Wayne County’s new high-tech system is helping them keep roads safe during this week’s snowstorm.
When Wayne County workers tackle icy and snowy conditions on roads this winter their work can be watched by their bosses and by the public.
We have 19 trucks that have cameras installed on the passenger side. This way people can go onto our compass system, which is Compass.WayneCounty.com, and they can do a virtual drive-along with our trucks," said Cindy Dingell, of the Wayne County Department of Public Service.
The trucks also have dash-mounted cameras. Residents can check the condition of roads right from their computer or smartphone.
"And they can take a look and see where our guys have been and what roads have been treated which will help them as they plan their routes in the morning," said William Bantom, deputy director of the county's road maintenance.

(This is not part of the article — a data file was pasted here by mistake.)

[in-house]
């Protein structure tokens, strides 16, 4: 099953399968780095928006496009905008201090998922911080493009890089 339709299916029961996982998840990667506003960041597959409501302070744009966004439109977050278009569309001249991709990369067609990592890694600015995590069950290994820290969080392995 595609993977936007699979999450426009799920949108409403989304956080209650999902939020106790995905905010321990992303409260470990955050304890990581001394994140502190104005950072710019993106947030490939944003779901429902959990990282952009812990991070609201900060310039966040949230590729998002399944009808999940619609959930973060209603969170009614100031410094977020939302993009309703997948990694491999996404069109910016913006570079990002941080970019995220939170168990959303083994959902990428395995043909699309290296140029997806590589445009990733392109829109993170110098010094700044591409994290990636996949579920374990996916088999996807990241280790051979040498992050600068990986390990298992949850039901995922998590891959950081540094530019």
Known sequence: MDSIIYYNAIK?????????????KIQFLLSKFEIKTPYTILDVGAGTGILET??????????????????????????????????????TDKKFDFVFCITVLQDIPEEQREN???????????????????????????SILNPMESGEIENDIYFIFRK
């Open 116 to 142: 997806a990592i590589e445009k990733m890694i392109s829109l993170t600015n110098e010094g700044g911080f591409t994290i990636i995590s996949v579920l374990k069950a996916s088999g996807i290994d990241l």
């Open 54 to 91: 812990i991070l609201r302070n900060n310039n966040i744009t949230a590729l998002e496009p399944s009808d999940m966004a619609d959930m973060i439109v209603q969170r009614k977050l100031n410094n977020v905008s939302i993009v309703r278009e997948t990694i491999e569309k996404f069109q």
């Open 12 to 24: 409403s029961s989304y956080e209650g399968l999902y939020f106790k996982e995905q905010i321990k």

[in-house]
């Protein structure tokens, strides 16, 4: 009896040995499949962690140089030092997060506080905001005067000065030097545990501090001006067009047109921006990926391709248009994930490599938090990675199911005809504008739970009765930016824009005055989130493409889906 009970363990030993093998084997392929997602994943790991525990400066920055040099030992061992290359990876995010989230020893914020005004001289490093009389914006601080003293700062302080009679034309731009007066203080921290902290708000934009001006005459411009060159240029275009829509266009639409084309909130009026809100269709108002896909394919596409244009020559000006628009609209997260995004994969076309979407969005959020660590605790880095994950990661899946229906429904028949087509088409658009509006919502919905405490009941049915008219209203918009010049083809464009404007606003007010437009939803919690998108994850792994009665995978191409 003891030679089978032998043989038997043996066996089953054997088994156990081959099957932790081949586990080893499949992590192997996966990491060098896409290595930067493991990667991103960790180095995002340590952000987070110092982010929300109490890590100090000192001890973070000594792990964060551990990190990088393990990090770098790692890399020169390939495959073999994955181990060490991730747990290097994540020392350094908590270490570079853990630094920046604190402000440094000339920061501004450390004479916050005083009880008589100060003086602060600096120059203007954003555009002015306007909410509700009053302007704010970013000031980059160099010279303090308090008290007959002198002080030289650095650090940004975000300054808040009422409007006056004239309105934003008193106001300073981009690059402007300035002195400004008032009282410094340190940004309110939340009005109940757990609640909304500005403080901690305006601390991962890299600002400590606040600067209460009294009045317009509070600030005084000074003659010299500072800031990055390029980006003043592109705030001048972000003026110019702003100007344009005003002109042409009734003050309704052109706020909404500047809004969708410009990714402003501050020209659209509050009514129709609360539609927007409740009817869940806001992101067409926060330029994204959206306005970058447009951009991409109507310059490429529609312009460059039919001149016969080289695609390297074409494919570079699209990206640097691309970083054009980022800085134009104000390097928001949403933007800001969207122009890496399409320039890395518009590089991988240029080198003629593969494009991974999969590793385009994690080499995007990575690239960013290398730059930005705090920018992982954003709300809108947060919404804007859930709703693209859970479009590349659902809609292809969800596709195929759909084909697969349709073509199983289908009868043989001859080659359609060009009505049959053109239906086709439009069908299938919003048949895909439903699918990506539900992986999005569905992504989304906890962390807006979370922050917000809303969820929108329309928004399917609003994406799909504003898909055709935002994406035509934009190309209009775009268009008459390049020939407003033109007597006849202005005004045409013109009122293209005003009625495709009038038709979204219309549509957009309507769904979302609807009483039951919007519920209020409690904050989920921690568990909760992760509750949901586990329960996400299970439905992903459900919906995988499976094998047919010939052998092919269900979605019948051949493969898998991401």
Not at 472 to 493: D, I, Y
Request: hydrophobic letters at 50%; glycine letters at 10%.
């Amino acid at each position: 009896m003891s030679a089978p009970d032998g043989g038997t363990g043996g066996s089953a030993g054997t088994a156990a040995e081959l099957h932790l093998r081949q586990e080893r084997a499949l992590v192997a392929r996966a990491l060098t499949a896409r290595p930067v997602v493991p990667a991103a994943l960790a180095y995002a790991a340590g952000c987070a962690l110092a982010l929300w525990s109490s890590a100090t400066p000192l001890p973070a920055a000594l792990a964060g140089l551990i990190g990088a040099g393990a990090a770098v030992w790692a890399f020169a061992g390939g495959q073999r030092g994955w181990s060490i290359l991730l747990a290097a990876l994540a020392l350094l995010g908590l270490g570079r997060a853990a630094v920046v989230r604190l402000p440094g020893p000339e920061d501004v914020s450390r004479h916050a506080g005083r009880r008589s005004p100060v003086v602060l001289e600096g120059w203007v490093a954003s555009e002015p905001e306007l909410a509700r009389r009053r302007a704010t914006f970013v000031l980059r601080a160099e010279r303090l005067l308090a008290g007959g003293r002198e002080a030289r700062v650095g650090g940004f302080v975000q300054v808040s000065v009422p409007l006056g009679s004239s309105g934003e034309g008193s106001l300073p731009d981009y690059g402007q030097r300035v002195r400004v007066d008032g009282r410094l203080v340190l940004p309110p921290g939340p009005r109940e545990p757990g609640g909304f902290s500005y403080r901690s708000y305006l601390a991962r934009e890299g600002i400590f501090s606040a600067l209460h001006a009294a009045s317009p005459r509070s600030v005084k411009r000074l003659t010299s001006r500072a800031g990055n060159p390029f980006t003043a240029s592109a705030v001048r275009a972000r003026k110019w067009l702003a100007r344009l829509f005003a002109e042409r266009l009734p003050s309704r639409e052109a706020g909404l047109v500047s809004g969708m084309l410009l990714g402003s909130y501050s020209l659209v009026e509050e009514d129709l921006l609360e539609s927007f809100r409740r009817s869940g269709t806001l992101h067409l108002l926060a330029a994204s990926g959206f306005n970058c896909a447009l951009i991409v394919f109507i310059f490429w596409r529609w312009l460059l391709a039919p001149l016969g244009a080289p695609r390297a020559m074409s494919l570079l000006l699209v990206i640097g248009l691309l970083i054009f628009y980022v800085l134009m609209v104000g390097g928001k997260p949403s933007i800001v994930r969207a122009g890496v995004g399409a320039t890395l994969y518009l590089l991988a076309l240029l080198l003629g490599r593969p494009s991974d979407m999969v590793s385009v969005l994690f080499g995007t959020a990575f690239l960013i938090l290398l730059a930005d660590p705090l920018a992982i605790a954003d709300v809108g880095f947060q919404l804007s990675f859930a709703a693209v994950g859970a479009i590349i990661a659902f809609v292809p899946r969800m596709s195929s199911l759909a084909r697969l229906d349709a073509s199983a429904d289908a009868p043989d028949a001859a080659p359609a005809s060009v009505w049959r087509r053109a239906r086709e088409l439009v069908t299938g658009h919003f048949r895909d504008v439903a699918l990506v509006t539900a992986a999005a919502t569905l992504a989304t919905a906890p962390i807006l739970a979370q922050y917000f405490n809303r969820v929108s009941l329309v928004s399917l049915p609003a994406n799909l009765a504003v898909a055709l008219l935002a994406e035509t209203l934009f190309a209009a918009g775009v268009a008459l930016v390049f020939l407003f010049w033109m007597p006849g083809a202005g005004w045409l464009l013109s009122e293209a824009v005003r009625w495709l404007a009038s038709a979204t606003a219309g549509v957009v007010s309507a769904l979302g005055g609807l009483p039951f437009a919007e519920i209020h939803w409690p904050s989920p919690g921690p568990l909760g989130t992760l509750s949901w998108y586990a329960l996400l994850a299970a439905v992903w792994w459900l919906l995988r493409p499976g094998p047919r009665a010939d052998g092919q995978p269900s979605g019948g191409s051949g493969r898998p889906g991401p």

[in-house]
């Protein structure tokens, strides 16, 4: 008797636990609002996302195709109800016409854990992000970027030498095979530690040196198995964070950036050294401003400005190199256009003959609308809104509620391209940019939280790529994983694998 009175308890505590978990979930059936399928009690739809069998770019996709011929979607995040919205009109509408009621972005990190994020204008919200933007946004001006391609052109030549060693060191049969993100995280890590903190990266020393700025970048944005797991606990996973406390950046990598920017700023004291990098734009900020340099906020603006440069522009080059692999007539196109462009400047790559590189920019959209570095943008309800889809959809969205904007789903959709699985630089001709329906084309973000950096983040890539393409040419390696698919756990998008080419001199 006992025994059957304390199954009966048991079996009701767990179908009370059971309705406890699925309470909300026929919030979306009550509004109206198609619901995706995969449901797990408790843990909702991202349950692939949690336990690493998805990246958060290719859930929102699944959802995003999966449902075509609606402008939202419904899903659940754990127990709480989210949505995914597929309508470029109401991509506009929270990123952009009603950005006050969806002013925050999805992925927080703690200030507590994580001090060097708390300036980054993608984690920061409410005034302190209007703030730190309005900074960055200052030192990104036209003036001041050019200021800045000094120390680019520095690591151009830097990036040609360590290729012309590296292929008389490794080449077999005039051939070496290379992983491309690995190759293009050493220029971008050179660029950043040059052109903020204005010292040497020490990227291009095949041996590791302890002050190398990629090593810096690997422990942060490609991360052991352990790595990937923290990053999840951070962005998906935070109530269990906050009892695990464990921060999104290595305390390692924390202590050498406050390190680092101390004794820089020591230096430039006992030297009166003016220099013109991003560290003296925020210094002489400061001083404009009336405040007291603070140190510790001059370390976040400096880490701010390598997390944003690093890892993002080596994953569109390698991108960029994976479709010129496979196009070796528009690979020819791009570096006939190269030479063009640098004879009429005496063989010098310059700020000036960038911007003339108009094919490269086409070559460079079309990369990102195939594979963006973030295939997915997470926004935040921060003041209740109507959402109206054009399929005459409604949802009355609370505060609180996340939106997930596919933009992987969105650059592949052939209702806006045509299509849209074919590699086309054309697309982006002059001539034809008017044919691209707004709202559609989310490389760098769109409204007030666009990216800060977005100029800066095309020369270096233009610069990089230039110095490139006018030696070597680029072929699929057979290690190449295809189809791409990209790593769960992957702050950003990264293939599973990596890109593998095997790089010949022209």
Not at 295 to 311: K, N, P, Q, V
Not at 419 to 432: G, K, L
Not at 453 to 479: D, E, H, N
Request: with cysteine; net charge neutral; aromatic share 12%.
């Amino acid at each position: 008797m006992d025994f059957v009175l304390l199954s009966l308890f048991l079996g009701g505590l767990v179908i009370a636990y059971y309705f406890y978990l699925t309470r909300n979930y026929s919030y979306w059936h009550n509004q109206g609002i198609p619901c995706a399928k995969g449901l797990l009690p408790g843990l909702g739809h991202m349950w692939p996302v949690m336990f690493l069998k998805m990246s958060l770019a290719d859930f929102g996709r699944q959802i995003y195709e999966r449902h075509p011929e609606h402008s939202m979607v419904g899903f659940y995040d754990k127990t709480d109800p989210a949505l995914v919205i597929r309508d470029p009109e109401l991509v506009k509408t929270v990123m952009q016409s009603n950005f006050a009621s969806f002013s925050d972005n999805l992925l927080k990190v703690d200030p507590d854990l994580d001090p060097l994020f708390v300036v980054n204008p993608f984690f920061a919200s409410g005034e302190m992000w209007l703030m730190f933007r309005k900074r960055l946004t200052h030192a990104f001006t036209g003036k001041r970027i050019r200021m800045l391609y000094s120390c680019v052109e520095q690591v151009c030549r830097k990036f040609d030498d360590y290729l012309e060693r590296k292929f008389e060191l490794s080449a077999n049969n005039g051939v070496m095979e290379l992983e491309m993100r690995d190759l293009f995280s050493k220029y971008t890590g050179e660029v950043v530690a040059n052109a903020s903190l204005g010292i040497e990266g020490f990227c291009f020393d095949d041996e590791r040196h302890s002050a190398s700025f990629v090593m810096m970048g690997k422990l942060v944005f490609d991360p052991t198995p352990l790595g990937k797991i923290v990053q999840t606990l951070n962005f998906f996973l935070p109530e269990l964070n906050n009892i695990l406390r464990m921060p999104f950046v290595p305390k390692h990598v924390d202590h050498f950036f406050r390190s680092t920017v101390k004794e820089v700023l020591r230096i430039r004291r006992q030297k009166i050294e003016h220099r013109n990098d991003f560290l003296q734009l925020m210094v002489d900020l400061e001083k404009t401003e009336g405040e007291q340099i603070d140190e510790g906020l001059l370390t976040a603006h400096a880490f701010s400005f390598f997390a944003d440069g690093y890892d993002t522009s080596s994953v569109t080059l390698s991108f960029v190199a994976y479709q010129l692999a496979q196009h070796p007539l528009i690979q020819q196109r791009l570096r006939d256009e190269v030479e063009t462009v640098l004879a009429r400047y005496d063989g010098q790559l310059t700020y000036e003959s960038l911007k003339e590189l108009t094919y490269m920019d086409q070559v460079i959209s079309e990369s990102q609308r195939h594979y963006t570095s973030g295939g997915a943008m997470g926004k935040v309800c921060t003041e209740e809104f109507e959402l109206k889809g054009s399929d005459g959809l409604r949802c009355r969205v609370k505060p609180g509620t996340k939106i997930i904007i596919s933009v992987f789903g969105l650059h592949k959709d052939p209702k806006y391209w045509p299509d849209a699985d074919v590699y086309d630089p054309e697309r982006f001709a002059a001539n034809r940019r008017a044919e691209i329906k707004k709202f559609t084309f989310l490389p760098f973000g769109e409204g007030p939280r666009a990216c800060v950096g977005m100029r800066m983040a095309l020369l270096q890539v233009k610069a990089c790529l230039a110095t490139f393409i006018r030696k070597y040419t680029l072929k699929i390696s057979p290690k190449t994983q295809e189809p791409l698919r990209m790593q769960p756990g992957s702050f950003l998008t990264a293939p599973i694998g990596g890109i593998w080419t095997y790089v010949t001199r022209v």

Images of the roads are updated on the website every 2 or 3 seconds. The same information is being examined on a 10-by-4-foot screen at a new command center in Romulus.
"We're able to see on our maps the next closest trucks in the area that may need help and we're able to dispatch them very quickly," said Dingell.
Drivers can still report road hazards the old fashioned way by calling 888-ROAD-CREW. Wayne County believes the new technology is helping its communications and gives the public to watch their progress in real time.
"Transparency becomes an issue when you have something to hide. But since we don't have something to hide I think transparency all it does is show people that we're really doing what we say we're doing," said Bantom.